All The Right Cooks In The Kitchen

Almost two years ago, when I anticipated the end of my relationship of over two decades, I tried to equip myself ahead of time with the tools I might need when I became single.

I asked my friend Summer, who had been divorced several years prior, how she handled being alone. She told me she cooked for herself. She made herself elaborate meals, particularly brunches on weekends, complete with placemats and flowers on the table. At the time, I thought it was a strange answer. It seemed so sad to think of someone sitting down to eat at a beautiful table by themselves. Why spend all that time and money and effort to do something like that in an empty house? As someone for whom cooking is near the bottom of the list of activities I enjoy, it seemed like it wasn’t the answer for me.

Today I had a talk therapy session in which I talked about a potential new romantic interest, and questioned out loud what I might possibly have to offer that person. The things that came out of the ensuing discussion were enlightening, to say the least. Here are the three things I learned:

1. My therapist asked me to think of a friend I hold dear. I thought of Summer. He said: if Summer came to me and said “I don’t think I have anything to offer anyone”, what would I say? Stunned, I burst into tears. It would absolutely break my heart if she felt that way. I can’t imagine my friend feeling that way about herself. She is beautiful, kind, spirited and vivacious, funny as hell, a wonderful mother and friend, good at her job. I would tell her all those things.

“Now, what do you think she would say to you if you said that you didn’t think you had anything to offer anyone?” I sniffled, and smiled, and said “She’d tell me that I need to fuck all the way off right this minute. Then she’d tell me that she loves me, and why.”

2. Things that you do for yourself, for the betterment of your psyche and for your health and well-being, these things are self-love. When you do them, they automatically affect your connections with people who love you in a positive way, even if you don’t tell those people you’re doing them. How? I don’t know. Through the ether, through our connected ancestry, our shared humanity.

3. When you do lots of things that align with your fundamental values, like kindness, and gratitude, and physical health, and creativity, these things even affect the way people perceive you who DON’T know you well.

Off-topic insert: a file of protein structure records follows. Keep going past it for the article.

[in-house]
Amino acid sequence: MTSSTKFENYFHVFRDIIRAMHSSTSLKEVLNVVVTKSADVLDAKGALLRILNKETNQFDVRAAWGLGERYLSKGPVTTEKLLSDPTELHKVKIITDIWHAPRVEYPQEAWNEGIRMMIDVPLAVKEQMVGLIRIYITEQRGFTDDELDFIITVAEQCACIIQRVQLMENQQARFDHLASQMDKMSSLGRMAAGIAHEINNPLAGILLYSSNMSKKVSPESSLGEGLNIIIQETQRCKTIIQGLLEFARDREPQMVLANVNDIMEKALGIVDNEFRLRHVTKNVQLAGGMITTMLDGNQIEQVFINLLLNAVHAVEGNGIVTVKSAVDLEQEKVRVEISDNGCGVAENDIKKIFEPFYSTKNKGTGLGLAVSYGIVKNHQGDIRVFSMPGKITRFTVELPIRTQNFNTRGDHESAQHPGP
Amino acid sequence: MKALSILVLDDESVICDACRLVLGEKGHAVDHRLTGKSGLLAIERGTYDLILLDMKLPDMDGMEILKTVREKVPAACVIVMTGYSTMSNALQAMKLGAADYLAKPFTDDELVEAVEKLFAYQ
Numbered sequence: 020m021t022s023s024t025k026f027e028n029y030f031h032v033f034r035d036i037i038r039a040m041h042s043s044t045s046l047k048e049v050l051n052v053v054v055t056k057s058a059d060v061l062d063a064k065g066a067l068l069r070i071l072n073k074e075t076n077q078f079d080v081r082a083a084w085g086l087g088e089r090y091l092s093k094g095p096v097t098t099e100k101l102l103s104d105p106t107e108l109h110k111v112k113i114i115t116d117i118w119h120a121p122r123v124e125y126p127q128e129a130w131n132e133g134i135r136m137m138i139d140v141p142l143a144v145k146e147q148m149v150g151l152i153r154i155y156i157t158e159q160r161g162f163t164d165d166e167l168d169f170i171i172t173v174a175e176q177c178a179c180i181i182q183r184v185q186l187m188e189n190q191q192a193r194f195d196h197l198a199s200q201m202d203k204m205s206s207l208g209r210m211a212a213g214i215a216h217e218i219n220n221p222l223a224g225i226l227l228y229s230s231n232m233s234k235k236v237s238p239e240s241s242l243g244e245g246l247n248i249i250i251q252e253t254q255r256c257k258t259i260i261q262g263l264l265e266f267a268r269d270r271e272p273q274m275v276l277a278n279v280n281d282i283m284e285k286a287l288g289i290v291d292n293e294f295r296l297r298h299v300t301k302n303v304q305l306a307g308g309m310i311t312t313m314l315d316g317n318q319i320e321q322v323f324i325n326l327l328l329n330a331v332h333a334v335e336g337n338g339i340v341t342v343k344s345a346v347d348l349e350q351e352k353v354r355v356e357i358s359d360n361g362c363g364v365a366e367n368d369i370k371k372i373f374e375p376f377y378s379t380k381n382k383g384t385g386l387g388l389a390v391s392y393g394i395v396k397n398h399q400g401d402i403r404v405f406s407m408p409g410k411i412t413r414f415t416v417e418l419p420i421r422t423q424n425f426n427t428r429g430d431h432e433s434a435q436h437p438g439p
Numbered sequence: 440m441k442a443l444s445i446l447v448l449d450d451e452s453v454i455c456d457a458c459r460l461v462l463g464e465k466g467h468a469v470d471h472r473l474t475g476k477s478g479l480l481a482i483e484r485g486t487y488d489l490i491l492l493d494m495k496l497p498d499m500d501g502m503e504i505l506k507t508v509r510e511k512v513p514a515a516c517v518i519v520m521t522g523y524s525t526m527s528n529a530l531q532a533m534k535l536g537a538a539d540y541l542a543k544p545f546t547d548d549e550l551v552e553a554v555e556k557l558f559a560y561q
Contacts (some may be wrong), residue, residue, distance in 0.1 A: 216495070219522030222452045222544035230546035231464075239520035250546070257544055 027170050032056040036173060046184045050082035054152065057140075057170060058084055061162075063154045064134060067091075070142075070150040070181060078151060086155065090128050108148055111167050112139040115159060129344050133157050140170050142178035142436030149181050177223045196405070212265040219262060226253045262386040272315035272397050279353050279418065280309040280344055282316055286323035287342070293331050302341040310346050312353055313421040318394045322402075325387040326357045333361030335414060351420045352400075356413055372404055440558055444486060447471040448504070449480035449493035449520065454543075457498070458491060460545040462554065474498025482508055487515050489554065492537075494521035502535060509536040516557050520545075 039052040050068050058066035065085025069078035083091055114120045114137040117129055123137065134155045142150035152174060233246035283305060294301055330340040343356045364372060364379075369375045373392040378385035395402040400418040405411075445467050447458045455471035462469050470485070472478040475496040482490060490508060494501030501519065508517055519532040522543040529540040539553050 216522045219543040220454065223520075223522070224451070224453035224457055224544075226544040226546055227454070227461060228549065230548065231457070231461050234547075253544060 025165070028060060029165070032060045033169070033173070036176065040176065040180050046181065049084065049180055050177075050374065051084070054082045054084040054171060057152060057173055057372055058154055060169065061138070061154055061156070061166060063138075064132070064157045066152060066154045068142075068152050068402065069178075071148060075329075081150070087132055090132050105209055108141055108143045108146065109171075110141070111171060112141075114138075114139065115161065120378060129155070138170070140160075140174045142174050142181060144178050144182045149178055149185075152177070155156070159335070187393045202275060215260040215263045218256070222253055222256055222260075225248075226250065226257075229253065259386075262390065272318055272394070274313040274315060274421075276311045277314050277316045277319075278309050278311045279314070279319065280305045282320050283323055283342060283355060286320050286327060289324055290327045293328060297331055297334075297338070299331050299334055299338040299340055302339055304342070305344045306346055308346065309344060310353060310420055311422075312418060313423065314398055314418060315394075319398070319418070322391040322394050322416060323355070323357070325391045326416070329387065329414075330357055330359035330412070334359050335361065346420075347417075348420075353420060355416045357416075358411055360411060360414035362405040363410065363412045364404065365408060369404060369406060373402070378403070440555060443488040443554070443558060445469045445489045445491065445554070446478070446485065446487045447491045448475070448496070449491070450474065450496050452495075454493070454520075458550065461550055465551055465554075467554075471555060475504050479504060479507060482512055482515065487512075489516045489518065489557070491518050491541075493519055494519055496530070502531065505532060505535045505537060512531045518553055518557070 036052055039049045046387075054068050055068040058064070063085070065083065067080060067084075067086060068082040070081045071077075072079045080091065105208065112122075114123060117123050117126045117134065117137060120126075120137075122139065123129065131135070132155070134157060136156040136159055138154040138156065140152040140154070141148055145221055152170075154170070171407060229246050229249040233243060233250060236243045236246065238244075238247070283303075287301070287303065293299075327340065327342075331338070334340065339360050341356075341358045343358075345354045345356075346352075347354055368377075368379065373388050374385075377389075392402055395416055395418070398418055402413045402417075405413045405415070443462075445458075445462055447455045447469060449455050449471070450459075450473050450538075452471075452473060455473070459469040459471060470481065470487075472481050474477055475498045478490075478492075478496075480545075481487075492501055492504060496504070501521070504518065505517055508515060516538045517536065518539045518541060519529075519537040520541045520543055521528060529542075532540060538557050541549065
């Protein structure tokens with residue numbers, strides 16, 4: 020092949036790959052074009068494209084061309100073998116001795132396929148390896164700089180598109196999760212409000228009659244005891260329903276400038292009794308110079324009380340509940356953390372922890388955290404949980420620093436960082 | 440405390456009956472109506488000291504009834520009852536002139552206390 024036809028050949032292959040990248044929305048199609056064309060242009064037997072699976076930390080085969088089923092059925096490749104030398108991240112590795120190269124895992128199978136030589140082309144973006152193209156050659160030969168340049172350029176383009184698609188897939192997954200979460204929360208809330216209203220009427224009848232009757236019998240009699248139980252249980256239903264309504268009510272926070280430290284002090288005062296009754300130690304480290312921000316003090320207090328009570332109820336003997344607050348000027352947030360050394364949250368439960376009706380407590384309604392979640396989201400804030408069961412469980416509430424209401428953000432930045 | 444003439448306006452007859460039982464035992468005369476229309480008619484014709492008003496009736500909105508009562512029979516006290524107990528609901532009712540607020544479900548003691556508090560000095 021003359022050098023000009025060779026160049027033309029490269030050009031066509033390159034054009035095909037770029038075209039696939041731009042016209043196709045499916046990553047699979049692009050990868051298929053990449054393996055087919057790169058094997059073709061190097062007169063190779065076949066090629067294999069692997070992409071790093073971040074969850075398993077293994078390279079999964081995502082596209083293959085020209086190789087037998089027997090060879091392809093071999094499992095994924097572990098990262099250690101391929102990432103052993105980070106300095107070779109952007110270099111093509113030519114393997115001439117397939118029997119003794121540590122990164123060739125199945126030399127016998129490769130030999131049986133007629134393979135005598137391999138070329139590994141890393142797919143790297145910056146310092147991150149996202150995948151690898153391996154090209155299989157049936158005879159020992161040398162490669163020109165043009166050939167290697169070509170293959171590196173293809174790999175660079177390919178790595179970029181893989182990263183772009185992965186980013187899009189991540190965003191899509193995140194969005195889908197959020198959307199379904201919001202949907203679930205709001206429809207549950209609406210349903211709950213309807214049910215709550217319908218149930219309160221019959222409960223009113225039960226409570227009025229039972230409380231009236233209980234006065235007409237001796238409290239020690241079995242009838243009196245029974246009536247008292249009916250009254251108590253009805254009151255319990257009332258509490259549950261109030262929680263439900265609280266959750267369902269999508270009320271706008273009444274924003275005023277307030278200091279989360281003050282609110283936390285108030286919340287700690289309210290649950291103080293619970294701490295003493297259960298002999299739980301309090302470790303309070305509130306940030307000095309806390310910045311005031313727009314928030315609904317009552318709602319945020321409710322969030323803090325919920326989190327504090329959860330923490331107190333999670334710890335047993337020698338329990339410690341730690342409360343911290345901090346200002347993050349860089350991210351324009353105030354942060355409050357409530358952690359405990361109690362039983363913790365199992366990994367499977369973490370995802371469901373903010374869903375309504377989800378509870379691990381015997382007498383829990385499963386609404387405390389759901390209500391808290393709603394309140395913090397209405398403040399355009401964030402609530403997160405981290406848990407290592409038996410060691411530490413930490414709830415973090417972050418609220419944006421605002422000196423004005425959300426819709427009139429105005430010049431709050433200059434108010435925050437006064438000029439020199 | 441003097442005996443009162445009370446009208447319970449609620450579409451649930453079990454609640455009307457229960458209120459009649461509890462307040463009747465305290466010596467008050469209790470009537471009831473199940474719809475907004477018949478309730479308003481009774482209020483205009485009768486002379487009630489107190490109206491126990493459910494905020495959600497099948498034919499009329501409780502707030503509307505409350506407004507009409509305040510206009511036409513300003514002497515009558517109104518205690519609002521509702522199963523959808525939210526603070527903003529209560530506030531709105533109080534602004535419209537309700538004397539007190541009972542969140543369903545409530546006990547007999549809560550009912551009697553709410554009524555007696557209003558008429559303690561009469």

4. When I start to do a long run, I set a goal for myself. I say, “I’m going to run 11 miles, at such-and-such a pace, and then I’m going to stop.” In the past, anything less than meeting that goal I’ve viewed as a failure. These “failures” happen rarely, but I routinely beat myself up about them afterward. I’ve only recently learned that when I set out to run 11 and only get to 4 before my body tells me otherwise, I still got 4 miles. I still ran. These are not failures by any stretch of the imagination. These are part of a process of becoming.

My therapist took this one step further. He said, “What if you see every run as an act of self-love?”

I was speechless. He’s right. Every time I run, I am doing something good for myself. Every time I write, I am soothing myself. Every time I ride my BMX bike, I am creating an atmosphere of joy for myself.

Every time Summer cooked for herself, she was doing an act of self-love. She was nourishing her body, soothing her loneliness with an activity she enjoyed, and genuinely focusing her energy inward.

When you start to think of your activities, the things that align with your values, the things you love to do, purely as acts of self-love, there will never be another failed run. You will never lose another bike race. You will never create anything, be it art or writing or a meal or a song, that is wasted.

And from that, the relationships you build with other people will be founded on self-love. Acts of self-love attract individuals with similar values. I will have everything to offer someone like that.

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